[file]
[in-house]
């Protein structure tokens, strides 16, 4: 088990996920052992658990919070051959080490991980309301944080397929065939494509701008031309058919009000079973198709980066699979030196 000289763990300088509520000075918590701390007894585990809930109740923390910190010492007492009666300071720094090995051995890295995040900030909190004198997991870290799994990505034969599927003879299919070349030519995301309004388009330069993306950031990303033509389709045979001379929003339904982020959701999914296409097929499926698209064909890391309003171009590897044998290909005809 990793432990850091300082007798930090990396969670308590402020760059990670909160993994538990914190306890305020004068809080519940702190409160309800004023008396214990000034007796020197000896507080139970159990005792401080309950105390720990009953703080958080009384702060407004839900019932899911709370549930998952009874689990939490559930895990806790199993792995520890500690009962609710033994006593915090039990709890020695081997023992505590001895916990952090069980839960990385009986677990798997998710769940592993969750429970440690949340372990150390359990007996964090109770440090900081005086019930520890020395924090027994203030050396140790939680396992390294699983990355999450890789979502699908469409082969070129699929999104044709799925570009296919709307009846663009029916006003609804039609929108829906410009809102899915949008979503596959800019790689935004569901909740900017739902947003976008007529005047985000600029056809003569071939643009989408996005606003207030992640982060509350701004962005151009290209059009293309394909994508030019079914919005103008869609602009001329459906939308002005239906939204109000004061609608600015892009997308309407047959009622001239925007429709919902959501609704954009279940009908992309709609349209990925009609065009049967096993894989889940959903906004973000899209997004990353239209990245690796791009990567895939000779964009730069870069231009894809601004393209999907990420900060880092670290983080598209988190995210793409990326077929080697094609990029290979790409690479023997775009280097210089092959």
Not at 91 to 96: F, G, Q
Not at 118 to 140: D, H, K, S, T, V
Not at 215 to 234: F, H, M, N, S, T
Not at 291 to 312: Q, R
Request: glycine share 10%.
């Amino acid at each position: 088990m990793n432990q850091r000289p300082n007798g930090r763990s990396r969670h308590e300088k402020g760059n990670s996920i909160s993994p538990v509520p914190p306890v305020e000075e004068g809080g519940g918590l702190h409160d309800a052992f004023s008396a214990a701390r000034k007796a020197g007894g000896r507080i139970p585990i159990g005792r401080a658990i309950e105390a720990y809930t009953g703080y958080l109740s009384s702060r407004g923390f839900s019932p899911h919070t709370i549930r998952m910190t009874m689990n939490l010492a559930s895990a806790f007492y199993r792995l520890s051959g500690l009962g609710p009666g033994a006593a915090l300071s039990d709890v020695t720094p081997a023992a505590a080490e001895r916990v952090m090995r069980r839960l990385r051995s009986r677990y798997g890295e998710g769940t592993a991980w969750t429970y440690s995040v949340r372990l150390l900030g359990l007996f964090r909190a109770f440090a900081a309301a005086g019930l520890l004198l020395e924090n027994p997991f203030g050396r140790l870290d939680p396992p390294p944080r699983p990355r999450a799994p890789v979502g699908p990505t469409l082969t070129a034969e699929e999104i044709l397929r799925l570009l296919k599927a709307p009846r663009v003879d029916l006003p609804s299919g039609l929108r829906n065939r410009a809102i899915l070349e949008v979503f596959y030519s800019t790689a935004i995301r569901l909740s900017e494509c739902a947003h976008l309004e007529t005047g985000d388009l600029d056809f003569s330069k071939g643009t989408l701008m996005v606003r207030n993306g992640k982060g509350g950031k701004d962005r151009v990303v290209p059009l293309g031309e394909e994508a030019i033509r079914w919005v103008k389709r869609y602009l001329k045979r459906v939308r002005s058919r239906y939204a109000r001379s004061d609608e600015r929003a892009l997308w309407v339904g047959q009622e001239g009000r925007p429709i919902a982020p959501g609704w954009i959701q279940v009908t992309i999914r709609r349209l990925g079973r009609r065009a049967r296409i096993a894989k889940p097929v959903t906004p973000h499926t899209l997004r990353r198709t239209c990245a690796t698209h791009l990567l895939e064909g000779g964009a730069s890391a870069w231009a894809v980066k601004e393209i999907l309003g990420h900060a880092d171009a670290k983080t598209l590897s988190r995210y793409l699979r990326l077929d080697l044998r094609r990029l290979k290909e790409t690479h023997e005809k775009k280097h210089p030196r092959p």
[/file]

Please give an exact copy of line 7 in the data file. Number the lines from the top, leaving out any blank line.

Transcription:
Request: glycine share 10%.